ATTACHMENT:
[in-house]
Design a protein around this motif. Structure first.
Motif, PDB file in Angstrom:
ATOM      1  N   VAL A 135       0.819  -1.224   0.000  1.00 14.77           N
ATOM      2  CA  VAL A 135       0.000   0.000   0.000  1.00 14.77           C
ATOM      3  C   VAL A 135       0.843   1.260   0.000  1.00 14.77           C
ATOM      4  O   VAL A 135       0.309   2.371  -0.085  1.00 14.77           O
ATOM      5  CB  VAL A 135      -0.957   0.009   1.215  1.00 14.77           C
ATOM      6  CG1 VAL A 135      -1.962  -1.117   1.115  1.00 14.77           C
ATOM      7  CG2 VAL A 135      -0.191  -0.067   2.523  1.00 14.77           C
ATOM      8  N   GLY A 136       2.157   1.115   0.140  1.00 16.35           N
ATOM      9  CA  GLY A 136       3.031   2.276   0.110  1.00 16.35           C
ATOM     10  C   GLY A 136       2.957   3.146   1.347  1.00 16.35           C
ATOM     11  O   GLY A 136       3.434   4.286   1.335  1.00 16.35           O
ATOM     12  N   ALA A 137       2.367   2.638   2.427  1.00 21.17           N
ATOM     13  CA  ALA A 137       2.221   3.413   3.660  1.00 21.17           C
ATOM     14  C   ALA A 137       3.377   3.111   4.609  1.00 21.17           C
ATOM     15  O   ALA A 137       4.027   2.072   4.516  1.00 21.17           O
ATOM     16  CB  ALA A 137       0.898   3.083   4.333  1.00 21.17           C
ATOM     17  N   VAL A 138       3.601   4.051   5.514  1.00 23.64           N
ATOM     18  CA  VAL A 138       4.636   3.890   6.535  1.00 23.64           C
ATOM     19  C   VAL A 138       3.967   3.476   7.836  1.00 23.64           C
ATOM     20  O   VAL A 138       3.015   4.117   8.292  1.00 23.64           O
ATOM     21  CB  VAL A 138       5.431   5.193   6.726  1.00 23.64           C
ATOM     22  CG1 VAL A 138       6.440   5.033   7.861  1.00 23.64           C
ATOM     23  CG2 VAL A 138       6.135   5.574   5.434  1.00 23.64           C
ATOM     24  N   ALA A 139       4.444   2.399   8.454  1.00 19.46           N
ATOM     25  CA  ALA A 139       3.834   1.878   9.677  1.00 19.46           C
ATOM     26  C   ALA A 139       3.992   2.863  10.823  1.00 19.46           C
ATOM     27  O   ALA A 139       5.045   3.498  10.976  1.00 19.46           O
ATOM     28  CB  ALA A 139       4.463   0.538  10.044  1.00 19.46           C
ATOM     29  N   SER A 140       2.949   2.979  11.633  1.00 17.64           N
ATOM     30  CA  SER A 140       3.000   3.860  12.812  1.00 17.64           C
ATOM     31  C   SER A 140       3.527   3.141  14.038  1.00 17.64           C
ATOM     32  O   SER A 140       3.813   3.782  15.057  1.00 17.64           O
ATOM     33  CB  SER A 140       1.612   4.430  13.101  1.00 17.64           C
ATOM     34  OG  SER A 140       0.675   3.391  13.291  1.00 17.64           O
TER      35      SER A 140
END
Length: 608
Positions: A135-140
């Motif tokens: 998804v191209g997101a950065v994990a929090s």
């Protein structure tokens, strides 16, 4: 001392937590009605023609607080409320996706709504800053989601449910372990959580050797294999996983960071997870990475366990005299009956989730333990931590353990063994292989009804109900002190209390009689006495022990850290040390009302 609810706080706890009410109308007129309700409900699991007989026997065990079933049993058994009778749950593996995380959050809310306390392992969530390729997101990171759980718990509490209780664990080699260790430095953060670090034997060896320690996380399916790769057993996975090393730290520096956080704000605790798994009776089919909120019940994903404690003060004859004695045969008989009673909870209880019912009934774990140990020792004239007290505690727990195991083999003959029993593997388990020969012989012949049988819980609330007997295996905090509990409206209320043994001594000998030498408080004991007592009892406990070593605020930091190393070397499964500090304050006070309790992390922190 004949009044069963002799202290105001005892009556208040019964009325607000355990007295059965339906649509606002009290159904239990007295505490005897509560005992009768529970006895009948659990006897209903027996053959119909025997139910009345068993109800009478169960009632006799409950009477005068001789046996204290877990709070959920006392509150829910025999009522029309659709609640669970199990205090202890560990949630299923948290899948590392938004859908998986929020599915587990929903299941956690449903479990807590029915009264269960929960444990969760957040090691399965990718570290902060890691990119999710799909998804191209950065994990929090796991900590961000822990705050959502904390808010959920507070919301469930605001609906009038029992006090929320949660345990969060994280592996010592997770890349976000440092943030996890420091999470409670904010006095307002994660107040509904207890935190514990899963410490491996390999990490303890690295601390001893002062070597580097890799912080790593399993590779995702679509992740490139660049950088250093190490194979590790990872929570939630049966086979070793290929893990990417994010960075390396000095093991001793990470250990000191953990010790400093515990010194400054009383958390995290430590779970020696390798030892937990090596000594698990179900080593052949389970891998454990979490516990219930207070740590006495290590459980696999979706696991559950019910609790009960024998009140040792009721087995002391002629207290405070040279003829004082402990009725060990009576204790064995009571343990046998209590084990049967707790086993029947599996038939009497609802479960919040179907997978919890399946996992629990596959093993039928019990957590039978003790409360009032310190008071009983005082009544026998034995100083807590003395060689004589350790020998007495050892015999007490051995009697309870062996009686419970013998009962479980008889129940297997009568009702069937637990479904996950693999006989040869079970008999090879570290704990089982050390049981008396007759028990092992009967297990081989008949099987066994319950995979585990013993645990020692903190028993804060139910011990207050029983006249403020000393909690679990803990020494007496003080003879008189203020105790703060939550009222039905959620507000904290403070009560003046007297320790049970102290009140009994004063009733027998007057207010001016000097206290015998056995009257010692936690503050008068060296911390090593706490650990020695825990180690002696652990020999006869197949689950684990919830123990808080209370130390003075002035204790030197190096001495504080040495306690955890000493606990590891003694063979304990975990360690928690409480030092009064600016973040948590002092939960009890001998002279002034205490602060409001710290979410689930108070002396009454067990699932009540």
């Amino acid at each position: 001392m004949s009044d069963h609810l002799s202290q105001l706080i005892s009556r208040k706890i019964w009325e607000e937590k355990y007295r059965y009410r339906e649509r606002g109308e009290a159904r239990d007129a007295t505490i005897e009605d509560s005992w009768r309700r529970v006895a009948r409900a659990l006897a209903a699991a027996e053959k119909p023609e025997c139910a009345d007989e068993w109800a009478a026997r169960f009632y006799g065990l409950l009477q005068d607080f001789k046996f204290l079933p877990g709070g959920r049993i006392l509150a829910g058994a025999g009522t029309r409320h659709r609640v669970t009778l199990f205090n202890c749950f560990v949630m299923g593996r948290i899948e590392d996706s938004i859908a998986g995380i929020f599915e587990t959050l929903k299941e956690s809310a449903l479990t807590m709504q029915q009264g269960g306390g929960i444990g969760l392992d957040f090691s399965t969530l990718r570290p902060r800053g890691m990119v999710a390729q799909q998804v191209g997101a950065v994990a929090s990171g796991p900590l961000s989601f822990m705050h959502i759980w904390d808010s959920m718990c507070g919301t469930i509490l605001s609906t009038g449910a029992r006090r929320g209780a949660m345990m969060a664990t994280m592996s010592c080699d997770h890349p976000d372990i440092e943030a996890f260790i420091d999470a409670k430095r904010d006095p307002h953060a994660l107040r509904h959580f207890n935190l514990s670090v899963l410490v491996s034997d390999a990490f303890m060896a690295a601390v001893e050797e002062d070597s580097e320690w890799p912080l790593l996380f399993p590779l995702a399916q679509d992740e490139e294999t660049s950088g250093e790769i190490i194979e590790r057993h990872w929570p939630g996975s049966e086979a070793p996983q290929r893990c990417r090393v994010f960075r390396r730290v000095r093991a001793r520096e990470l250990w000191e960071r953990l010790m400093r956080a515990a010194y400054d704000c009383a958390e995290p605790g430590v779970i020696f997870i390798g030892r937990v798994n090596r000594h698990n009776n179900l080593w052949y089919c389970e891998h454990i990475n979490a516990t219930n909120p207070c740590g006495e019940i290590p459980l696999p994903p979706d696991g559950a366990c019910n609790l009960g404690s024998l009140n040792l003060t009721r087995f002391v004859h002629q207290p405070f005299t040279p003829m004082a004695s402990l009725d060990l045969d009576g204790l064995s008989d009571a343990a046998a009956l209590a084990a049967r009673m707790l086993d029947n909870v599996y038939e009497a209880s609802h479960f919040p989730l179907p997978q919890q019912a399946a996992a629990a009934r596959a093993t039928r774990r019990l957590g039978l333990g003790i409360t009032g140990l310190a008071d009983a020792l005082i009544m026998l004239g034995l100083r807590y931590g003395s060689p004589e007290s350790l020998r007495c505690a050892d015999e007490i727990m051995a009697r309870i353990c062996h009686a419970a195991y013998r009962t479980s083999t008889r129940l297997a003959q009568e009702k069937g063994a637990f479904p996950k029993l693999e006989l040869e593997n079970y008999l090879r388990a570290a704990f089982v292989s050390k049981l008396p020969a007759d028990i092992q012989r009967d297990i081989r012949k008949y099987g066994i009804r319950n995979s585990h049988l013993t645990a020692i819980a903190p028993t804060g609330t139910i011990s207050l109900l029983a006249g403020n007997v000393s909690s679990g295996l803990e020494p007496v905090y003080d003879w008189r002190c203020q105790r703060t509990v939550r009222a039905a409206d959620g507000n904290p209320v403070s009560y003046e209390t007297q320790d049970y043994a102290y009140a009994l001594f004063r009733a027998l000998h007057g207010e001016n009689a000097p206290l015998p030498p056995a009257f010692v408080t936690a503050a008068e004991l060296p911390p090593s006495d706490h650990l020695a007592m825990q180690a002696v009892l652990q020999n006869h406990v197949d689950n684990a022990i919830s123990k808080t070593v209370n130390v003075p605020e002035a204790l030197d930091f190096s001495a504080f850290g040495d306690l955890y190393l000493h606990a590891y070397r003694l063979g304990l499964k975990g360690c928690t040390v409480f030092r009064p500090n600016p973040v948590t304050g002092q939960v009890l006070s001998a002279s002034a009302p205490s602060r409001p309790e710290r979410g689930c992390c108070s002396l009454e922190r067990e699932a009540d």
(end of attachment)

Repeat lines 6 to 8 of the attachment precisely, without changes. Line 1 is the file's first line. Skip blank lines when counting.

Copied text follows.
ATOM      3  C   VAL A 135       0.843   1.260   0.000  1.00 14.77           C
ATOM      4  O   VAL A 135       0.309   2.371  -0.085  1.00 14.77           O
ATOM      5  CB  VAL A 135      -0.957   0.009   1.215  1.00 14.77           C